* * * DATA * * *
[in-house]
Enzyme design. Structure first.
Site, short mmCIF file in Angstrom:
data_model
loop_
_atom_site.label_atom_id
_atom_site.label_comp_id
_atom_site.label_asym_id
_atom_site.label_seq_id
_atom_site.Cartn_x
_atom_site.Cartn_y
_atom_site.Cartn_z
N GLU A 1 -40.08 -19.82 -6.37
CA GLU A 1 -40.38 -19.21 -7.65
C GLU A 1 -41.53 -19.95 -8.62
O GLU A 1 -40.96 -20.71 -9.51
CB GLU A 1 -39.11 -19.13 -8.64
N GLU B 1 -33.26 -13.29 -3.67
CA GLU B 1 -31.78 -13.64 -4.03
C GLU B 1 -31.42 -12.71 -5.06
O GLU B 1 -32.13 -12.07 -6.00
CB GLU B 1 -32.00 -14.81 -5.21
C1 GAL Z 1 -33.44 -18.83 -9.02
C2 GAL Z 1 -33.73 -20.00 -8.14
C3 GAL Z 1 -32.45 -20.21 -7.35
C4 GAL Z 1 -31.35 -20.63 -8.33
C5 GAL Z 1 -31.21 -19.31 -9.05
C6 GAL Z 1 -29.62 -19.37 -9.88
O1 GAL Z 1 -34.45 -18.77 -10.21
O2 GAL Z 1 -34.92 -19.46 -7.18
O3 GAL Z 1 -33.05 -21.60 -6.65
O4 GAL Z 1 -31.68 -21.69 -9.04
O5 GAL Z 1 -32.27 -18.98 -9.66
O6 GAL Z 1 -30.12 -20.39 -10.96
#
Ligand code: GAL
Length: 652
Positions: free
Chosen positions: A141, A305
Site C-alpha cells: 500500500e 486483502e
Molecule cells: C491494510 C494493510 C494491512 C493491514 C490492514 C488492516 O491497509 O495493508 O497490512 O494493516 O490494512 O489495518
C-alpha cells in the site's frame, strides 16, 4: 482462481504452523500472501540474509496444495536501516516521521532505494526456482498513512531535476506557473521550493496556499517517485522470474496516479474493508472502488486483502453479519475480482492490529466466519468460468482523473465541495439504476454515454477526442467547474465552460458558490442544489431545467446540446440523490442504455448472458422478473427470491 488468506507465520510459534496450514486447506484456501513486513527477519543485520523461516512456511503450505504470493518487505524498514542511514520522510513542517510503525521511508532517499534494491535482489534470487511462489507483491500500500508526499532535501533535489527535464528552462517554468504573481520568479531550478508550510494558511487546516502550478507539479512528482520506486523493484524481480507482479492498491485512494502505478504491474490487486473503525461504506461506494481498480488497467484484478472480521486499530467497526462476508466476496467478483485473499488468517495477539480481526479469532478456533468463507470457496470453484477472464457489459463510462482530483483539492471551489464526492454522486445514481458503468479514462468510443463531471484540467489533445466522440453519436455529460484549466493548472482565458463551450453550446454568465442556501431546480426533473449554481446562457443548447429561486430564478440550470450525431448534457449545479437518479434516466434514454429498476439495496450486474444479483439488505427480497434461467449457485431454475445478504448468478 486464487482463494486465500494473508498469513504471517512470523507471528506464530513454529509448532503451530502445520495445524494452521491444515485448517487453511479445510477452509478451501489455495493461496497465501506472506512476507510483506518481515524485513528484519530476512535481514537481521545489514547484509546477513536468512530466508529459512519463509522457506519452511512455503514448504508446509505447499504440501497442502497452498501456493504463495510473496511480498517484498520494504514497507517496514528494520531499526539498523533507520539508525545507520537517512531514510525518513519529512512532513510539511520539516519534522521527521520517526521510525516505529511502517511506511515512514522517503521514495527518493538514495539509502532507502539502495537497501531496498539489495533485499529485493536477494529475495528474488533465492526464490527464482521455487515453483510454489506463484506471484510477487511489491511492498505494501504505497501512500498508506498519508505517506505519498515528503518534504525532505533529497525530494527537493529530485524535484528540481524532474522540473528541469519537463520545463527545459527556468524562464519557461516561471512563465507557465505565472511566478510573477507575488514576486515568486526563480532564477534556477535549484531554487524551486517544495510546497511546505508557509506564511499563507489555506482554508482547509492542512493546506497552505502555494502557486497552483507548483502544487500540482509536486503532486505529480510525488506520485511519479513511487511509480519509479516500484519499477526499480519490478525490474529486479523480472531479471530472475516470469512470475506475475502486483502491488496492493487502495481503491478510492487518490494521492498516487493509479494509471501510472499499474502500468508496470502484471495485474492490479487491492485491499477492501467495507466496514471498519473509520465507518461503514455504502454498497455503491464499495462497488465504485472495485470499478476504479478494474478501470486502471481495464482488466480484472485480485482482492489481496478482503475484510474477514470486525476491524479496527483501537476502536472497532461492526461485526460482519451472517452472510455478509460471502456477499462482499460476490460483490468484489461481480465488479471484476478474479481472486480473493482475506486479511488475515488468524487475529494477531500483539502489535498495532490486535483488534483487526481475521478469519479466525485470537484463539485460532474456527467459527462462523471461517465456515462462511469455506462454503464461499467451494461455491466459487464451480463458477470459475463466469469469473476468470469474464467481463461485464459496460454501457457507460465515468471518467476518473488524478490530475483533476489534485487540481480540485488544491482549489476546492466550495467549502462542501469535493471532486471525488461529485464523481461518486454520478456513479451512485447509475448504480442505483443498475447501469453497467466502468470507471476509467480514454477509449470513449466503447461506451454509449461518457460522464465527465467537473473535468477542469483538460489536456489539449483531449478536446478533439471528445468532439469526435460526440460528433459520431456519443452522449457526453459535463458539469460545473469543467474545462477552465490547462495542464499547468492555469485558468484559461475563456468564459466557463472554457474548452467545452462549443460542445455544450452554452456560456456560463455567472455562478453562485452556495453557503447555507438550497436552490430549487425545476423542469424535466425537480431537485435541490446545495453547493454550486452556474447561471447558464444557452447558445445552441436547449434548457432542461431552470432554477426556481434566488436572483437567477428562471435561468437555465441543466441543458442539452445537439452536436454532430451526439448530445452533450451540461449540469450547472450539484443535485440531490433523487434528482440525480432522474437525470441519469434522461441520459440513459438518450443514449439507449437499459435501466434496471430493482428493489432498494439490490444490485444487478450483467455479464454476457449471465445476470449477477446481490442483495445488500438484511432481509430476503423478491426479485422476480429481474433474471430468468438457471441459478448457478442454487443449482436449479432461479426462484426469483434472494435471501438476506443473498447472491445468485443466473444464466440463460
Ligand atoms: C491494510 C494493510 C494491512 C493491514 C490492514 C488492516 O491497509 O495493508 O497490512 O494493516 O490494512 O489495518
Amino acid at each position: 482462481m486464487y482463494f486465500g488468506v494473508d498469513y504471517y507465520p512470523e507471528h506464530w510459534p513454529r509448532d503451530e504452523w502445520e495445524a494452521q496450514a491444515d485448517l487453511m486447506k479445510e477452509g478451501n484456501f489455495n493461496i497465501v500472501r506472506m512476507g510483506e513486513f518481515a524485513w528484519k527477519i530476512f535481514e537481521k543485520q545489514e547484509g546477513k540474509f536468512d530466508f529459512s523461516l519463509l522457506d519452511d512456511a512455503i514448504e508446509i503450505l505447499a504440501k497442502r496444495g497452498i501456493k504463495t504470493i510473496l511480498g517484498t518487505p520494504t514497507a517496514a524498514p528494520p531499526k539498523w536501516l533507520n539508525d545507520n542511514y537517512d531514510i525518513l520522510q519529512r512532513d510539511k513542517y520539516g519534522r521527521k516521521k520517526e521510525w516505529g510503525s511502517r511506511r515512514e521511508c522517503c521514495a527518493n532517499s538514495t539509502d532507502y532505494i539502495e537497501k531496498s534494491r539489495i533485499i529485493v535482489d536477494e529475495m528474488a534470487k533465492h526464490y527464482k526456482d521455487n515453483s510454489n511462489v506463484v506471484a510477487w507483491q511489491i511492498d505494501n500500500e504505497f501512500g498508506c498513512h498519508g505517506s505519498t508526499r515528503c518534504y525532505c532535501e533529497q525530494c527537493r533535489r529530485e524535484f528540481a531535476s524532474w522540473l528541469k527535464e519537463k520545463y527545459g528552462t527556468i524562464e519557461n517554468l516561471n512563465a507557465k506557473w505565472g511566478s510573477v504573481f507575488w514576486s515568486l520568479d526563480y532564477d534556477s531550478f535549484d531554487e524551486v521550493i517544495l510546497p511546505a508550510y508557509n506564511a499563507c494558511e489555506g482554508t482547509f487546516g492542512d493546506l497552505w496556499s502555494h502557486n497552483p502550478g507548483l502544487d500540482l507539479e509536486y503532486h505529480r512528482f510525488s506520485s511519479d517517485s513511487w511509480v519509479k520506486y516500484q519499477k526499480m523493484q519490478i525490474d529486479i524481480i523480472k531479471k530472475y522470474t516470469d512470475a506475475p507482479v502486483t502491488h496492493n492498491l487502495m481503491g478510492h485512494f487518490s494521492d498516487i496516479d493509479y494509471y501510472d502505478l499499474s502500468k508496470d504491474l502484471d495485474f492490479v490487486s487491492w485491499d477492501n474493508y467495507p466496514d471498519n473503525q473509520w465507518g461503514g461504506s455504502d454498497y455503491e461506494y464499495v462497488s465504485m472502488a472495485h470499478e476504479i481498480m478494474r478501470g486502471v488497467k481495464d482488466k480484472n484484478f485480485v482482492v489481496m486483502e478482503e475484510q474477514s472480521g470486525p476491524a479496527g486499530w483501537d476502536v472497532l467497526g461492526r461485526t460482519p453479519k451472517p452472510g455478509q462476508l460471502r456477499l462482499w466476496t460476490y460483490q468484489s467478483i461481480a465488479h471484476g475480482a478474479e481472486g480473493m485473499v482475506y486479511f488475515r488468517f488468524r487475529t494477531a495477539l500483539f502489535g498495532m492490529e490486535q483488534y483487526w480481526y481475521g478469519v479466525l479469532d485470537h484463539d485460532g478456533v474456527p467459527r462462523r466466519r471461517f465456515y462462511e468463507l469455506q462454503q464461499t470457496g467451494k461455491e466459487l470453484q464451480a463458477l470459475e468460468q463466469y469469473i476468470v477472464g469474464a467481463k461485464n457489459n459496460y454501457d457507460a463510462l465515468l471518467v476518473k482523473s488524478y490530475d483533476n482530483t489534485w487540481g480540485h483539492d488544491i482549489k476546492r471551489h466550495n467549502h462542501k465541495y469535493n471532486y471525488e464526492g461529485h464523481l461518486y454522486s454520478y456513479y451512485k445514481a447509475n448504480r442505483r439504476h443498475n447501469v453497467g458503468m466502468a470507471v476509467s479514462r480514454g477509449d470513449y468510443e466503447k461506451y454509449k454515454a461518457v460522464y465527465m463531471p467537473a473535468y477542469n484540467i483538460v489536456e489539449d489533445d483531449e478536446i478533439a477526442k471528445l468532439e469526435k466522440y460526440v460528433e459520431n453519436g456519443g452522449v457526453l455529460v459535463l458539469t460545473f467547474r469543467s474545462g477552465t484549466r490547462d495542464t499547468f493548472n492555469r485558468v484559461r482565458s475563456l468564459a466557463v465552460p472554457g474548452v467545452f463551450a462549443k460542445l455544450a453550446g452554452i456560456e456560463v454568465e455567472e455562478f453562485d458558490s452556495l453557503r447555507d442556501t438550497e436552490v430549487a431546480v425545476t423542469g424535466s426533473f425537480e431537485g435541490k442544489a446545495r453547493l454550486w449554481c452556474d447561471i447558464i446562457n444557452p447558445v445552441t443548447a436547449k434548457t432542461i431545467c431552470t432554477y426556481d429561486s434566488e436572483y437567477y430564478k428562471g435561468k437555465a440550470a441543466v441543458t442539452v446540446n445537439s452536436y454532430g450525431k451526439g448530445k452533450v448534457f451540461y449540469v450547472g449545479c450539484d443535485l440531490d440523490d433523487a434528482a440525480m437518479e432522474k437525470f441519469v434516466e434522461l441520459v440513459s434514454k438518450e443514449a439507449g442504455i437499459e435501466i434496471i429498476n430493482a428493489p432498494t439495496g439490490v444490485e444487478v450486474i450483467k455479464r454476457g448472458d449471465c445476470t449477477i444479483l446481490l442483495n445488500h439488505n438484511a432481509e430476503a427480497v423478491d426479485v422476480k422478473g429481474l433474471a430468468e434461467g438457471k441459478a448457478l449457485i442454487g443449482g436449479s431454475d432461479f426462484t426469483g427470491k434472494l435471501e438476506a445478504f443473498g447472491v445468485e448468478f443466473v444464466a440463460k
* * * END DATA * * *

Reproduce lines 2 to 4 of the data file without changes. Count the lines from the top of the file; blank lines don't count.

Enzyme design. Structure first.
Site, short mmCIF file in Angstrom:
data_model